There aren’t many things more exciting than buying a home with your partner.
If you’ve been living apart, or you have been saving up to have something you can call ‘yours’ for many years, it is a really exciting time as your new home purchase finally gets underway.
Before jumping into buying a property with your partner though, there are things to consider.
With more and more couples not getting married before buying a home now, the lines of how it all works have become a bit blurry.
The number of cohabiting couples applying for mortgages jumped 60% in 2020, and the numbers show no signs of slowing down in 2022.
So, if you and your partner are thinking of purchasing a property, take a few minutes to read this blog, and find out exactly what you need to do before making the leap.
To begin with, let’s start at the beginning.
What is a Common-Law Marriage?
If a couple is married, both parties immediately gain rights to a home.
But what if they aren’t married and are simply partners who live together?
This is often referred to as a common-law marriage.
Despite the seriousness the name suggests, this isn’t anything legal and is simply a term used for cohabiting couples.
Unlike an actual marriage, a couple who are in a common-law marriage do not share rights to belongings, including property.
This means that if they bought a home together, things could get tricky in the future.
The Hazards of Cohabiting Couples Buying Together
Despite what many may believe, there is no law that entitles someone in a common-law marriage to part of a home.
Even if you have lived in a home together for decades, you could be only entitled to what your agreement states and to what your assets in the home are.
This can lead to a terrible situation if one party has the rights to the whole house and the other has to find somewhere new to live and the situation can often end up in court and with both parties paying hefty solicitors fees.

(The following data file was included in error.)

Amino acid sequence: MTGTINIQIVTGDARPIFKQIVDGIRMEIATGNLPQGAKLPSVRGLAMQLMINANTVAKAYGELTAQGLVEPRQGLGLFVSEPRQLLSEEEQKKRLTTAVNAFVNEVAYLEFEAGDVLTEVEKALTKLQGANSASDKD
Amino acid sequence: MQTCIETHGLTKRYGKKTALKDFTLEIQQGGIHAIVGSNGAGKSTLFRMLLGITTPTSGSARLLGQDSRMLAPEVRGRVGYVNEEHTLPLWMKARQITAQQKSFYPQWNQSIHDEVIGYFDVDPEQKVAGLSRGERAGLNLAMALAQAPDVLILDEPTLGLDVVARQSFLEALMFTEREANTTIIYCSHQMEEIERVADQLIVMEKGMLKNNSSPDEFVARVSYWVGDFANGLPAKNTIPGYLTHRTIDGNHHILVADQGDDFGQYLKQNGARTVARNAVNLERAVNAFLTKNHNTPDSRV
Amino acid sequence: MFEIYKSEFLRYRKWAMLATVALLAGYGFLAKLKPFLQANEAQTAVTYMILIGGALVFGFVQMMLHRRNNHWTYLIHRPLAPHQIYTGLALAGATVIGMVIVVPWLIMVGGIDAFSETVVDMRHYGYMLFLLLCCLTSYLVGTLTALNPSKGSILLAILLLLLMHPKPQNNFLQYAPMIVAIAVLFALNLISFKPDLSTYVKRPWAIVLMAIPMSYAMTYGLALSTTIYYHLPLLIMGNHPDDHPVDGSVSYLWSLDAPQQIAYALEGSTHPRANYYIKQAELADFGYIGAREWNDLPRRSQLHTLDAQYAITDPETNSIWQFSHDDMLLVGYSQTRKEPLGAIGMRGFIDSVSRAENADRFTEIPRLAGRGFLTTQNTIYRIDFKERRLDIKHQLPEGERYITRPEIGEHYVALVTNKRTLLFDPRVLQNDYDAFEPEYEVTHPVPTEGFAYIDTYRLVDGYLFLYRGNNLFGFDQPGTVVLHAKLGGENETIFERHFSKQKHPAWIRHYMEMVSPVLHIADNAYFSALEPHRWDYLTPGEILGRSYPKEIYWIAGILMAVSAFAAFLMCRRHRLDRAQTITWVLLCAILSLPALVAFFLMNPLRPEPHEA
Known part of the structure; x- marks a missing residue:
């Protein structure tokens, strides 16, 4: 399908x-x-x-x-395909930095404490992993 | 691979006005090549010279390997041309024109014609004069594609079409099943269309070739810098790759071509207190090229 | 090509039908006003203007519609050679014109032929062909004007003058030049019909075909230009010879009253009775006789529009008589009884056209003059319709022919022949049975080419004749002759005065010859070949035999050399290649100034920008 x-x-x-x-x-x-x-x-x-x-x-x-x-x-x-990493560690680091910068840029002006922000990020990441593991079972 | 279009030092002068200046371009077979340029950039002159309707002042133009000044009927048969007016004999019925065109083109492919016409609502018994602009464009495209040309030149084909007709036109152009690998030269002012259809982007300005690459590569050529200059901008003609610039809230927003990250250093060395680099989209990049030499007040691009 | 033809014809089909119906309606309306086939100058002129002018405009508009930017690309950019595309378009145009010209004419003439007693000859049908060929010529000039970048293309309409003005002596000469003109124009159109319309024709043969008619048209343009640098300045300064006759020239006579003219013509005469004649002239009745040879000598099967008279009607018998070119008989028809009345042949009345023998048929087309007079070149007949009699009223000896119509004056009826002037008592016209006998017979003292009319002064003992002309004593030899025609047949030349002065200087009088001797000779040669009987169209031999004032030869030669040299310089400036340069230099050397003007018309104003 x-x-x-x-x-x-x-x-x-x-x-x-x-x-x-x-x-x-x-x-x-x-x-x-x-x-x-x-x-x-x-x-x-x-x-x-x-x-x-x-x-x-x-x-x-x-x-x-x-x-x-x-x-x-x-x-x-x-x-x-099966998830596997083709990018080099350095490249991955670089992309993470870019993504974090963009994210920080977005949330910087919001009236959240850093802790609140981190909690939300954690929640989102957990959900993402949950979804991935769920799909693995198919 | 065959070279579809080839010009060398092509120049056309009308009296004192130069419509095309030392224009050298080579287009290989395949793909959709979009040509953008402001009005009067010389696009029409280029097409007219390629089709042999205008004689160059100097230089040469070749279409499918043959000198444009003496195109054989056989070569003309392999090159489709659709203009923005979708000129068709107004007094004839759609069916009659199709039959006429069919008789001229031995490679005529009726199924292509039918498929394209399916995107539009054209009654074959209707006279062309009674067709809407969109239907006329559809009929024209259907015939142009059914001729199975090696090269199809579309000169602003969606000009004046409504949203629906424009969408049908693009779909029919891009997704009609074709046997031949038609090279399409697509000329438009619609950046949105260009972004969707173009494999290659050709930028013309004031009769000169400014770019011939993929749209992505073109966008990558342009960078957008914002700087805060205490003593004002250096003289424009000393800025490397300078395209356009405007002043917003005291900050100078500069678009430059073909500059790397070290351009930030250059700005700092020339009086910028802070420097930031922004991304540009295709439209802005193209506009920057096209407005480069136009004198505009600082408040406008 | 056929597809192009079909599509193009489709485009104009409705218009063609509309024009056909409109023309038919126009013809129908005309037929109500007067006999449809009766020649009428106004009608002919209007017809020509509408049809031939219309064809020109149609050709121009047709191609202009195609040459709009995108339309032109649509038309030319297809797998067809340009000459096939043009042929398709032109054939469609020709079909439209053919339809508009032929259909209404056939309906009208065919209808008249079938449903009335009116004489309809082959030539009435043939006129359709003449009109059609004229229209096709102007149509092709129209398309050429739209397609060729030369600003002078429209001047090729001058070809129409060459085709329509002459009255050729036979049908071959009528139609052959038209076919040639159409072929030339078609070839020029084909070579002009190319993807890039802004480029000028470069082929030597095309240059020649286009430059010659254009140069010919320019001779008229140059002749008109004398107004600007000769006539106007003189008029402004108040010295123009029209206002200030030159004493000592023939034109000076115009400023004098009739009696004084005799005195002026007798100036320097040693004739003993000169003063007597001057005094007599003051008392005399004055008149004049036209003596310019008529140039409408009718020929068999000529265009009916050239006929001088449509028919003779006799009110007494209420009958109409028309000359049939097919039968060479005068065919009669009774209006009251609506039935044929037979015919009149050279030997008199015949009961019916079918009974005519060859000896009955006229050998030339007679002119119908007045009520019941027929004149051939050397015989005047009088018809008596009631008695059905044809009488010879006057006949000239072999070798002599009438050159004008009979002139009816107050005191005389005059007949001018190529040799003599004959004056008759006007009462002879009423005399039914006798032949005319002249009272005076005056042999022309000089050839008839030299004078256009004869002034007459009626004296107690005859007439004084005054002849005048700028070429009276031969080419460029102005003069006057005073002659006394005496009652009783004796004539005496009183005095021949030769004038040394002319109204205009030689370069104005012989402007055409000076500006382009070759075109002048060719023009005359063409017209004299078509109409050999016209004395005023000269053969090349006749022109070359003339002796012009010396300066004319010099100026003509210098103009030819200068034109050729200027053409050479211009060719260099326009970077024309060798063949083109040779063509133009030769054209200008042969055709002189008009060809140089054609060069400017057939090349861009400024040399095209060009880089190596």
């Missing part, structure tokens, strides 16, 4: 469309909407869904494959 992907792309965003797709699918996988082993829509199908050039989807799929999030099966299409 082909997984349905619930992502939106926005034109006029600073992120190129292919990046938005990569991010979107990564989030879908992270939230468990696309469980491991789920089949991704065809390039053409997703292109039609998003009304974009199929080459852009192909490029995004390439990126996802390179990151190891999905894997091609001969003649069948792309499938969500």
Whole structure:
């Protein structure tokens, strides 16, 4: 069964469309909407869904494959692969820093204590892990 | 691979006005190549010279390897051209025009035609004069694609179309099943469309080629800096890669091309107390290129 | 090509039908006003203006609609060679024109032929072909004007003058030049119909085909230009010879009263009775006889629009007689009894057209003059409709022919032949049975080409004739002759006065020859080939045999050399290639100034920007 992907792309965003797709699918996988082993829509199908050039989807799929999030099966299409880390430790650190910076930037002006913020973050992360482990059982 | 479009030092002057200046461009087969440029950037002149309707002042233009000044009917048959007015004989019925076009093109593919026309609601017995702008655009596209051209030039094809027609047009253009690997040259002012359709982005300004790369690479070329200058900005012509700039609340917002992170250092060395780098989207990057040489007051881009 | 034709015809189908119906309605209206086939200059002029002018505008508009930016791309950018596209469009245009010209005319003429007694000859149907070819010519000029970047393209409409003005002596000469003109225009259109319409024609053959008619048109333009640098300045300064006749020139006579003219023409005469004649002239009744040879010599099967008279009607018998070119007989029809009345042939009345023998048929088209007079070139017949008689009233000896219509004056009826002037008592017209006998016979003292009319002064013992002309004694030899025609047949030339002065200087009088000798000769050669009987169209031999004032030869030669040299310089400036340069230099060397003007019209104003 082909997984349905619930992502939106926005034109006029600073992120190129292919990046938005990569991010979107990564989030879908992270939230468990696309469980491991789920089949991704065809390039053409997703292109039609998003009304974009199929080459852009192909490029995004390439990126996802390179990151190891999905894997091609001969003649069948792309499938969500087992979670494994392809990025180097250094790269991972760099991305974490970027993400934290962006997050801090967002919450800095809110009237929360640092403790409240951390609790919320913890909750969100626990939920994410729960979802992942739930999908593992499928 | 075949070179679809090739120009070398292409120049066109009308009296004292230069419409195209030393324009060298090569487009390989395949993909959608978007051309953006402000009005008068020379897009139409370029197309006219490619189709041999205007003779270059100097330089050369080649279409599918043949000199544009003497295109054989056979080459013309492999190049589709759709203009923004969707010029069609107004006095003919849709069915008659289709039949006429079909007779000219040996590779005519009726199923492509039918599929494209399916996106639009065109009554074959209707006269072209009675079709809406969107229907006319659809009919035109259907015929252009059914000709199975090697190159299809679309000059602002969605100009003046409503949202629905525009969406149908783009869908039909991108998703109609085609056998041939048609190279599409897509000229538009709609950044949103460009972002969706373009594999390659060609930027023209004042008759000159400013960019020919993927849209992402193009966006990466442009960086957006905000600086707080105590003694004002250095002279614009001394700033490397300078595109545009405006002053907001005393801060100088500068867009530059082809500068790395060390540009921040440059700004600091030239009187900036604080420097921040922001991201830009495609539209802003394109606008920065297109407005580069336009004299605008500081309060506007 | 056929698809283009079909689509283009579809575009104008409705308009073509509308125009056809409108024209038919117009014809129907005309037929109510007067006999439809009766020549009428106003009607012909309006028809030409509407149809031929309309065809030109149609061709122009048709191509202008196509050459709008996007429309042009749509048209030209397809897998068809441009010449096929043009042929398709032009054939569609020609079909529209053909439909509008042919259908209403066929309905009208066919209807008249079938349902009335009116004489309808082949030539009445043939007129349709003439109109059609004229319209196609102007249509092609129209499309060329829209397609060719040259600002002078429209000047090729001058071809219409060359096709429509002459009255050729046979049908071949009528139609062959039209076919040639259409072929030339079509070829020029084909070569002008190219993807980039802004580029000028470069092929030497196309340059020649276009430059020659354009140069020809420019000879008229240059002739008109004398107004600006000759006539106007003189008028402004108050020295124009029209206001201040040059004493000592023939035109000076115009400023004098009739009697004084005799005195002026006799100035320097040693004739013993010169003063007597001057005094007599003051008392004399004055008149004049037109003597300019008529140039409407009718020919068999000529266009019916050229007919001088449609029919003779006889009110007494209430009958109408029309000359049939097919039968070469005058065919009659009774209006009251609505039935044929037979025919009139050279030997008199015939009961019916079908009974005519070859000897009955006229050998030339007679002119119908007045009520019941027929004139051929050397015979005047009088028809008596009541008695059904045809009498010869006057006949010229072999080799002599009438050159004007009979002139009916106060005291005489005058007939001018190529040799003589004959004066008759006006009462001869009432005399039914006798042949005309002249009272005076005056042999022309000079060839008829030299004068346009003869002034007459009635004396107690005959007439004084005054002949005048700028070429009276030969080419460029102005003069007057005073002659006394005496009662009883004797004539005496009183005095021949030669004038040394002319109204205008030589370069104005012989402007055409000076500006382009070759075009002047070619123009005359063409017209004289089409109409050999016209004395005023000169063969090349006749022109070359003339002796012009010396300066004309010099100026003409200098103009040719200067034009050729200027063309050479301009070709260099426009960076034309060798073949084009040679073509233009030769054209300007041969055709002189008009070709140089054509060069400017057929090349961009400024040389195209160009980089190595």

So why does this happen?
Well, relationships don’t always end on good terms.
When it comes down to it, if a cohabiting couple purchases a property together, they are probably going to both help with the financial aspects of living there. This includes bills and mortgage payments.
If one person moves out, do they then still have to pay?
What if someone wants to sell the house, but the other party doesn’t? By law, both signatures are needed to do the deal, so this is another situation that can be tricky to handle.
There are instances in which moving into a home with someone and helping out with payments does entitle you to certain things if a relationship does break down, but the water is murky.
What it all boils down to is ownership.
The Issue of Ownership
Who owns a property is the big question when it comes to cohabiting a property.
It is possible for two people to own 100% of a property, to own 50% each, for one person to own the whole home and for someone to own 0%, and the list goes on.
You can see why many cohabiting couples get confused.
If you are cohabiting and you want a clear situation, it is a great idea to sign up for a tenancy agreement, of which there are two main ones to pick from.
Types of Tenancy
Tenancy in Common
Popular with friends or relatives who are deciding to live together, a tenancy in common agreement splits the property into percentages. These are then owned by each person in the agreement.